PARIS/HELSINKI (Reuters) – Air France-KLM <AIRF.PA> will combine a sales drive with efficiencies including better fleet management to lift profit margins to 7-8% over the medium term, the airline group’s Chief Executive Ben Smith told investors on Tuesday.
“The Air France-KLM group has all the assets to regain its leadership position,” Smith said in a company statement ahead of his first major strategy presentation since joining from Air Canada last year.
After a wave of 2018 strikes that grounded flights and cost 335 million euros (£289 million), the Franco-Dutch group has stabilised under Smith’s leadership thanks to union deals that have pushed up wage costs but increased operating flexibility.
Air France’s operating margin came in at 4.8% for the first nine months of 2019, a 1.7 point decline from the same period a year earlier.
Under his new five-year plan, Smith vowed to lift profitability and restore dividends by “simplifying our fleet, clarifying our brand and market positioning and unlocking significant commercial and operational flexibility” thanks to labour deals. Air France-KLM has not paid a dividend since 2008.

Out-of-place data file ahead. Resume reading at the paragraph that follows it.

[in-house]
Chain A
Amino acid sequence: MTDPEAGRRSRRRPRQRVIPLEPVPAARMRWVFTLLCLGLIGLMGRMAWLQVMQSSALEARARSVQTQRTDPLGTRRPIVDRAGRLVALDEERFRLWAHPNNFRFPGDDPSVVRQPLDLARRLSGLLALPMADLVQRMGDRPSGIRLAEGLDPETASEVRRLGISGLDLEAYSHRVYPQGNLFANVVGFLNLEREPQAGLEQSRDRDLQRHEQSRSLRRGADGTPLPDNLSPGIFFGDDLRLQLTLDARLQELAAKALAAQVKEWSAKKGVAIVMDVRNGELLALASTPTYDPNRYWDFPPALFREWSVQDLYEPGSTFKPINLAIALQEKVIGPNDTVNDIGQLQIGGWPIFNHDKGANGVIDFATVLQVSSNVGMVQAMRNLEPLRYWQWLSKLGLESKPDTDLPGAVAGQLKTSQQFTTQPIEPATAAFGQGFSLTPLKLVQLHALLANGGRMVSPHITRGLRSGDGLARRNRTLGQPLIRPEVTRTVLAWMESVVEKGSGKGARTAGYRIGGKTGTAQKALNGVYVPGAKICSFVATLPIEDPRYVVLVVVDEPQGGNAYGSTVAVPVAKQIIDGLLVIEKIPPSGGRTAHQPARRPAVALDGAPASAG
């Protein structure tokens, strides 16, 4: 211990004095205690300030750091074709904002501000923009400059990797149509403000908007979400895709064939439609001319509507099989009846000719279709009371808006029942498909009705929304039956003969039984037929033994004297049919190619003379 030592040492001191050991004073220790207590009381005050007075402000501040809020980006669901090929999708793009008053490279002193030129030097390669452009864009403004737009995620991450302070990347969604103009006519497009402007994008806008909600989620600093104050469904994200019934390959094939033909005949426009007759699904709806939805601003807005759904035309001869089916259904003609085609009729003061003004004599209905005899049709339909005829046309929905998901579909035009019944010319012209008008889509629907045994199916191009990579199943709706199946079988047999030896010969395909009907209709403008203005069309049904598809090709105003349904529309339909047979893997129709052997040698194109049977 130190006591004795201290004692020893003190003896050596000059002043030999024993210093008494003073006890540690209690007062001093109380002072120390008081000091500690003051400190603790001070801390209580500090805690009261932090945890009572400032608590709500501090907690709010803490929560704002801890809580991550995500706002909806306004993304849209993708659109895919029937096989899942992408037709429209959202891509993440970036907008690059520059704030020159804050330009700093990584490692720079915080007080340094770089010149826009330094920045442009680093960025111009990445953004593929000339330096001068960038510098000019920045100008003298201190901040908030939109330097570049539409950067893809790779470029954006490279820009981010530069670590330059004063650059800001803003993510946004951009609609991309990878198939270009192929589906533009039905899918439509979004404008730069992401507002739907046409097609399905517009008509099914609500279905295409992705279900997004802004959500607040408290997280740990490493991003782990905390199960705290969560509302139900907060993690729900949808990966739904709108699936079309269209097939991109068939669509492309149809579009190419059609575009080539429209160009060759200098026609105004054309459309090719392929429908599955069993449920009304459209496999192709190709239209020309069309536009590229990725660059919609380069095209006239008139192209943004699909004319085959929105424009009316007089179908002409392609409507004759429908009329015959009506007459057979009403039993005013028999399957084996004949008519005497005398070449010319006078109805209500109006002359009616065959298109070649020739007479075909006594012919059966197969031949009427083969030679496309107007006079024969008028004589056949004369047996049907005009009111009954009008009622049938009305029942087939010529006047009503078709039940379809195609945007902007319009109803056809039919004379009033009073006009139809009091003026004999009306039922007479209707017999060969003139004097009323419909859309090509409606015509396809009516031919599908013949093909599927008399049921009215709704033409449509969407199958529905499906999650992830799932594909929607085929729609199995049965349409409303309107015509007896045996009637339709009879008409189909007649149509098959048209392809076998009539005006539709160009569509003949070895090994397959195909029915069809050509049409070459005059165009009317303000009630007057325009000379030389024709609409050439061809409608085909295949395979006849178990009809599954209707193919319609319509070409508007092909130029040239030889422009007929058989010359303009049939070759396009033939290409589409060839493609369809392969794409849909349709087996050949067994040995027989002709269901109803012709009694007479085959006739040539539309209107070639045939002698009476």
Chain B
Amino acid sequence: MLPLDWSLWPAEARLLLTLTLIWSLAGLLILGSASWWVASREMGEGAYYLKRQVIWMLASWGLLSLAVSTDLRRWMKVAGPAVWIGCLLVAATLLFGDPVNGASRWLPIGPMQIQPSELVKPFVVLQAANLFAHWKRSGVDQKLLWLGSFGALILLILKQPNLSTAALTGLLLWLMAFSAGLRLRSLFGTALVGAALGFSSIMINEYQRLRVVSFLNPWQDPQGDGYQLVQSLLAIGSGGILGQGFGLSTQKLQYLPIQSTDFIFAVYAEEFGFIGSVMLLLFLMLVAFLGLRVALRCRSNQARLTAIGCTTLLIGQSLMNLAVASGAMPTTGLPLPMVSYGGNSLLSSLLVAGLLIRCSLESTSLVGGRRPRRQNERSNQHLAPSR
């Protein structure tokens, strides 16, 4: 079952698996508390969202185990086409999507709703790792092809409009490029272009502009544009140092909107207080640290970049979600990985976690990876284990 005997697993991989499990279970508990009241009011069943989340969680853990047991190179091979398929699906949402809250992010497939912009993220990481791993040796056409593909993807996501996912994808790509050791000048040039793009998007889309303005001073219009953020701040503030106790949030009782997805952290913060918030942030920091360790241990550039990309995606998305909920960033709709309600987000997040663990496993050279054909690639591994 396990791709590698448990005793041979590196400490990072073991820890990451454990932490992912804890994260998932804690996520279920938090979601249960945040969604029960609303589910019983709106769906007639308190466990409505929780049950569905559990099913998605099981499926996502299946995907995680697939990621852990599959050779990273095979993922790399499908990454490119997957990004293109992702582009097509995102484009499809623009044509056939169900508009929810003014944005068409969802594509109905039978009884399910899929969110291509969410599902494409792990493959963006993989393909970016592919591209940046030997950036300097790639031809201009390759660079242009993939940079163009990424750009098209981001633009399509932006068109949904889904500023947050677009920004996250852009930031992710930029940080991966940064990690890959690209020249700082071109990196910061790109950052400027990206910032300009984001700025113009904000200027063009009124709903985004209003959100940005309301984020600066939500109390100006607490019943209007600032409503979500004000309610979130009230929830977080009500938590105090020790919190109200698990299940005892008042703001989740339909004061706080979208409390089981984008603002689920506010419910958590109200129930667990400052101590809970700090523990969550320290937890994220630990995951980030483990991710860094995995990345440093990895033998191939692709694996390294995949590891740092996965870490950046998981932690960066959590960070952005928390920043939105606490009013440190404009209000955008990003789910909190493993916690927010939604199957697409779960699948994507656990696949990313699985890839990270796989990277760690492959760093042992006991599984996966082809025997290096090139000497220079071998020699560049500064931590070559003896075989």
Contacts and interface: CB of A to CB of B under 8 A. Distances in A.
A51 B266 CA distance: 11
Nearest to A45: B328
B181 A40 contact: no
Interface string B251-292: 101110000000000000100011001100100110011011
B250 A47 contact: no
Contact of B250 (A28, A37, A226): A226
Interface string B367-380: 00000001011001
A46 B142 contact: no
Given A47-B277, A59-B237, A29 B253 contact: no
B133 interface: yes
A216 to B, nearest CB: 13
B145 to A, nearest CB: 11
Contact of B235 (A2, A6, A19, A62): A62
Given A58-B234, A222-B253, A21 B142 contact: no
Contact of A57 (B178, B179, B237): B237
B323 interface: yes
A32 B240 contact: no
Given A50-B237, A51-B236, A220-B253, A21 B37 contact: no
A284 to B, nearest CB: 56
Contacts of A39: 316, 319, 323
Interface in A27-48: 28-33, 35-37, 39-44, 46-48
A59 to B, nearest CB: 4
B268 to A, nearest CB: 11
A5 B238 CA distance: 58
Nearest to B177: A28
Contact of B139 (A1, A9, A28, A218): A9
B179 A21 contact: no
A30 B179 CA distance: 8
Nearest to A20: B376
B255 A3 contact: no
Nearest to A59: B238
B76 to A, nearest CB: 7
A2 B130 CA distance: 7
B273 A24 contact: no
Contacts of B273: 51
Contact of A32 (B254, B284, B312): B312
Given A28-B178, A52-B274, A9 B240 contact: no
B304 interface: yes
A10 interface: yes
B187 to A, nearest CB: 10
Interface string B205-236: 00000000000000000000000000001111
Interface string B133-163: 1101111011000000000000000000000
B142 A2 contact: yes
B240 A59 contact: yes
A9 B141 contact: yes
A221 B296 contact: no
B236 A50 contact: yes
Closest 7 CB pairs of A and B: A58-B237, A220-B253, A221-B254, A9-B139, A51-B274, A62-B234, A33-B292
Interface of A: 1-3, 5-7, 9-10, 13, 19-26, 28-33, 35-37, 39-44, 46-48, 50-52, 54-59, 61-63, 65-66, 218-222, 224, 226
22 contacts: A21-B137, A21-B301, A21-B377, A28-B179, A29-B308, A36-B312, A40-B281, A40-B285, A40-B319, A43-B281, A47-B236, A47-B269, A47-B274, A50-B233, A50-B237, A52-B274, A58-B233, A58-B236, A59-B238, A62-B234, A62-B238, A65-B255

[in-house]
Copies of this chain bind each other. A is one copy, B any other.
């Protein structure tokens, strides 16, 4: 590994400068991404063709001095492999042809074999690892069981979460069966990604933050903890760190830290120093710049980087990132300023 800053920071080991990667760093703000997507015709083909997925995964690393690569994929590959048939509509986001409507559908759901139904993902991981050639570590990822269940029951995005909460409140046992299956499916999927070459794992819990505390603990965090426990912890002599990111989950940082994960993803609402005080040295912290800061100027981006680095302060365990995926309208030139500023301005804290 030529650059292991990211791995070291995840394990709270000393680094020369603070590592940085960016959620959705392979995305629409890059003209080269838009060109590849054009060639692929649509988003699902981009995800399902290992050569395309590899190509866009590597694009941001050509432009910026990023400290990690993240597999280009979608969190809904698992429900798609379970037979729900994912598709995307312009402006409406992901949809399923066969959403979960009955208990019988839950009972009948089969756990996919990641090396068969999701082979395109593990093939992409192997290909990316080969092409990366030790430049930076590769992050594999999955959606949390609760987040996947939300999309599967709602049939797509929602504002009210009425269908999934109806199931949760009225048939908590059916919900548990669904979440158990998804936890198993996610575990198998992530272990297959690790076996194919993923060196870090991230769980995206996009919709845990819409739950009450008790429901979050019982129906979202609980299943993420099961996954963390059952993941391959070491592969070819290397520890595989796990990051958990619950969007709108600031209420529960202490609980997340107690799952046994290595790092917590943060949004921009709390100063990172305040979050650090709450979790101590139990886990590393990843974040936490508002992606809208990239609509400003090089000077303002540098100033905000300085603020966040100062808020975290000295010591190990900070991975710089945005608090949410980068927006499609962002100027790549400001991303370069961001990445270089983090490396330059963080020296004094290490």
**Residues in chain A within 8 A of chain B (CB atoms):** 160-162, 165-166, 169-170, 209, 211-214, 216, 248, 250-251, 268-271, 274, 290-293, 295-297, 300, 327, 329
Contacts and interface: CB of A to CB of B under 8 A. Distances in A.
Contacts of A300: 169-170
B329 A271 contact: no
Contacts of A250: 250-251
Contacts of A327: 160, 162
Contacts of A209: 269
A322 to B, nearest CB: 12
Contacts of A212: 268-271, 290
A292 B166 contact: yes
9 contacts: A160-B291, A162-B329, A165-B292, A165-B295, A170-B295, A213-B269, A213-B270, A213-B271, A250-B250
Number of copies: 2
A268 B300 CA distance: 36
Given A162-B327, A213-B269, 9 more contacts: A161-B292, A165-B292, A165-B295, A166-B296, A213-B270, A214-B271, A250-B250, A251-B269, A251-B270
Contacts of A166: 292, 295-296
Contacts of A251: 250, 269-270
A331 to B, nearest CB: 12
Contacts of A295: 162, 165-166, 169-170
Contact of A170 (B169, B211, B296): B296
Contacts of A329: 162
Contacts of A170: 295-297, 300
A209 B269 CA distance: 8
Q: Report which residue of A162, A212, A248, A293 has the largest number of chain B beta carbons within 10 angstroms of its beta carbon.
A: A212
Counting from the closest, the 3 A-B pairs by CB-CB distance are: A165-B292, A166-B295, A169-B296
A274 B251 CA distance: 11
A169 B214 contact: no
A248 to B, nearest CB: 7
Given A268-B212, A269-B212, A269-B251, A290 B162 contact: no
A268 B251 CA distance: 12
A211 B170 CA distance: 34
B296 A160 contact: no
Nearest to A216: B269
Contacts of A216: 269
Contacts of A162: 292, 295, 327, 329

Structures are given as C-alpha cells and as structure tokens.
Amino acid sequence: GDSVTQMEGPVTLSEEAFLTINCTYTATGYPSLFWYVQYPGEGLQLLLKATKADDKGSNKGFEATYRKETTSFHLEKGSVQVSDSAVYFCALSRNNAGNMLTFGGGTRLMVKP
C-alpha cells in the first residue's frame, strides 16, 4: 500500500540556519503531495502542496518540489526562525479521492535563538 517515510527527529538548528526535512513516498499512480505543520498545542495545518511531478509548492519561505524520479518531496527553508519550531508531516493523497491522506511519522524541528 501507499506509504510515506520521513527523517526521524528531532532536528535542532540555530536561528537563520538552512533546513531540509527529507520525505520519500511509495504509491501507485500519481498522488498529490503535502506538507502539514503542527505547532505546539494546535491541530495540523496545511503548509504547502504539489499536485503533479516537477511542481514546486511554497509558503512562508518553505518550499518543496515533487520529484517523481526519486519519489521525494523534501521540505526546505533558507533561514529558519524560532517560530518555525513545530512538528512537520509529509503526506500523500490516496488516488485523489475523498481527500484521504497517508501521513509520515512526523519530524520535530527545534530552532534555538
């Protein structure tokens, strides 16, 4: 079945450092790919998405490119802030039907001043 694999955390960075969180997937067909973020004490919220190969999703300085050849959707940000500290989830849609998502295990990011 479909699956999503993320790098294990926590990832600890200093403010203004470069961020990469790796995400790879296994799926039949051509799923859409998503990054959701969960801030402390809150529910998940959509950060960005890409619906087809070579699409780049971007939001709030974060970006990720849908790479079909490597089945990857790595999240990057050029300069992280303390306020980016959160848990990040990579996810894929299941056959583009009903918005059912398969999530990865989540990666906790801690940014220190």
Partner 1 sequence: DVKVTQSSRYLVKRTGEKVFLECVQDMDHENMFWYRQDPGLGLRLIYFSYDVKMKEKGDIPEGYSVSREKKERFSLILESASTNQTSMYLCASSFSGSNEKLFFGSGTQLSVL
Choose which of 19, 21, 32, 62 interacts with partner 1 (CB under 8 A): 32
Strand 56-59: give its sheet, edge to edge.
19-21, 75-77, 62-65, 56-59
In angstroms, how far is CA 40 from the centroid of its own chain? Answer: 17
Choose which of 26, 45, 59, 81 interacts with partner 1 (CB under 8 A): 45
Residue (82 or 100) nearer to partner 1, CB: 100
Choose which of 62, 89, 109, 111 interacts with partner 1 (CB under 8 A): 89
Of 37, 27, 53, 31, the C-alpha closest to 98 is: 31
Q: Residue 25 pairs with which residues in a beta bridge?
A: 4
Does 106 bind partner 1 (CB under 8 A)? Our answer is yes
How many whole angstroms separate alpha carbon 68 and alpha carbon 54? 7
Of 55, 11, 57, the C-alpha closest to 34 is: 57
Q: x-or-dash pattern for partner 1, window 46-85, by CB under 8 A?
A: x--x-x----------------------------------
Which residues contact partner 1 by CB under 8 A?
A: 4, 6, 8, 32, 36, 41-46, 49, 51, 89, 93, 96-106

The group also pledged to drive costs lower by speeding up the renewal of its fleet and being more flexible in managing the combined Air France-KLM fleet of more than 500 aircraft.
Air France-KLM took a 100 million euro charge last quarter to retire its Airbus A380 superjumbos early and replace them with more fuel-efficient planes.
Smith also overcame Dutch objections earlier this year to push through an integration plan combining management of the Air France and KLM aircraft fleets, which were still being handled separately 15 years after the airlines merged.
Air France-KLM shares were down 1.1% at 10.45 euros as of 0902 GMT. The stock has risen 11.5% so far this year, partly in anticipation of Smith’s mid-term performance plan.
To boost sales, the group said it aimed to sharpen the focus of its three main airline brands. Air France will push harder into premium travel, with KLM positioned as a competitive network operator of connecting flights through Amsterdam, and budget brand Transavia expanding in the low-cost market.
Transavia’s expansion has encountered hurdles, however, with the terms of labour agreements holding back pilot recruitment and trimming the carrier’s projected capacity this year.
Union accords also prevented Air France from acquiring Aigle Azur, a smaller domestic rival that went bankrupt in September, after the group withdrew an initial bid.
Air France-KLM will nonetheless “pragmatically consider consolidation opportunities when and where they make sense”, the company told investors before Tuesday’s presentations.
(Reporting by Laurence Frost and Sarah White; Editing by Mark Potter)